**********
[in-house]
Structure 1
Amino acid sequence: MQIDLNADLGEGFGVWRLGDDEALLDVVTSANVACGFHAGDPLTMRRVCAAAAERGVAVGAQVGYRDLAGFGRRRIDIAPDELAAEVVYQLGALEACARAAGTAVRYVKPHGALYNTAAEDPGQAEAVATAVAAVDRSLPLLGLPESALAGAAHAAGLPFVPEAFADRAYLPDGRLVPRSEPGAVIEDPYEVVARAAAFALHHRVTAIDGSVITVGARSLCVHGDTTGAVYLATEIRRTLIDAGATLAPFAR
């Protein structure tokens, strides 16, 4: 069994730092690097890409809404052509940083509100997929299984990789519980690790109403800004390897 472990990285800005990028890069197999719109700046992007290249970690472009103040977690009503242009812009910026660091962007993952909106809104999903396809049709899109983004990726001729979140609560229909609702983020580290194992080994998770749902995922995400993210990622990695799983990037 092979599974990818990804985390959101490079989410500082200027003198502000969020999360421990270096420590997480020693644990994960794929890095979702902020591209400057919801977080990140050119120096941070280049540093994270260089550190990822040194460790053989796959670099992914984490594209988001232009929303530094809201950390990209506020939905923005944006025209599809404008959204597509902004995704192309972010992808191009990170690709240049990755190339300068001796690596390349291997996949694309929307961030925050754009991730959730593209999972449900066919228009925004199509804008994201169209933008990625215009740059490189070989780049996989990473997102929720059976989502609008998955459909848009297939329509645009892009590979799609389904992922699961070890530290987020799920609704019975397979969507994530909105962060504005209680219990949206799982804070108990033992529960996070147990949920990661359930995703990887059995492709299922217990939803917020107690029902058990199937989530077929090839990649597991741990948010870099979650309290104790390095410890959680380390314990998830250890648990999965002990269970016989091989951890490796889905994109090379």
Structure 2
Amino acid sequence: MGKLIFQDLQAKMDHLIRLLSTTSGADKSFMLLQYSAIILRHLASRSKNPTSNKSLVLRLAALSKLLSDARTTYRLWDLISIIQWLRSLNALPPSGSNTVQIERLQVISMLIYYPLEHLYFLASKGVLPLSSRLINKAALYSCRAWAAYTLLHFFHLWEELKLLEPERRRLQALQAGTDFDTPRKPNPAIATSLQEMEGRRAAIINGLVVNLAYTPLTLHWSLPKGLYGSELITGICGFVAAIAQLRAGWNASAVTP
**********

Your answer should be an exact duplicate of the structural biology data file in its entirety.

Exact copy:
[in-house]
Structure 1
Amino acid sequence: MQIDLNADLGEGFGVWRLGDDEALLDVVTSANVACGFHAGDPLTMRRVCAAAAERGVAVGAQVGYRDLAGFGRRRIDIAPDELAAEVVYQLGALEACARAAGTAVRYVKPHGALYNTAAEDPGQAEAVATAVAAVDRSLPLLGLPESALAGAAHAAGLPFVPEAFADRAYLPDGRLVPRSEPGAVIEDPYEVVARAAAFALHHRVTAIDGSVITVGARSLCVHGDTTGAVYLATEIRRTLIDAGATLAPFAR
């Protein structure tokens, strides 16, 4: 069994730092690097890409809404052509940083509100997929299984990789519980690790109403800004390897 472990990285800005990028890069197999719109700046992007290249970690472009103040977690009503242009812009910026660091962007993952909106809104999903396809049709899109983004990726001729979140609560229909609702983020580290194992080994998770749902995922995400993210990622990695799983990037 092979599974990818990804985390959101490079989410500082200027003198502000969020999360421990270096420590997480020693644990994960794929890095979702902020591209400057919801977080990140050119120096941070280049540093994270260089550190990822040194460790053989796959670099992914984490594209988001232009929303530094809201950390990209506020939905923005944006025209599809404008959204597509902004995704192309972010992808191009990170690709240049990755190339300068001796690596390349291997996949694309929307961030925050754009991730959730593209999972449900066919228009925004199509804008994201169209933008990625215009740059490189070989780049996989990473997102929720059976989502609008998955459909848009297939329509645009892009590979799609389904992922699961070890530290987020799920609704019975397979969507994530909105962060504005209680219990949206799982804070108990033992529960996070147990949920990661359930995703990887059995492709299922217990939803917020107690029902058990199937989530077929090839990649597991741990948010870099979650309290104790390095410890959680380390314990998830250890648990999965002990269970016989091989951890490796889905994109090379």
Structure 2
Amino acid sequence: MGKLIFQDLQAKMDHLIRLLSTTSGADKSFMLLQYSAIILRHLASRSKNPTSNKSLVLRLAALSKLLSDARTTYRLWDLISIIQWLRSLNALPPSGSNTVQIERLQVISMLIYYPLEHLYFLASKGVLPLSSRLINKAALYSCRAWAAYTLLHFFHLWEELKLLEPERRRLQALQAGTDFDTPRKPNPAIATSLQEMEGRRAAIINGLVVNLAYTPLTLHWSLPKGLYGSELITGICGFVAAIAQLRAGWNASAVTP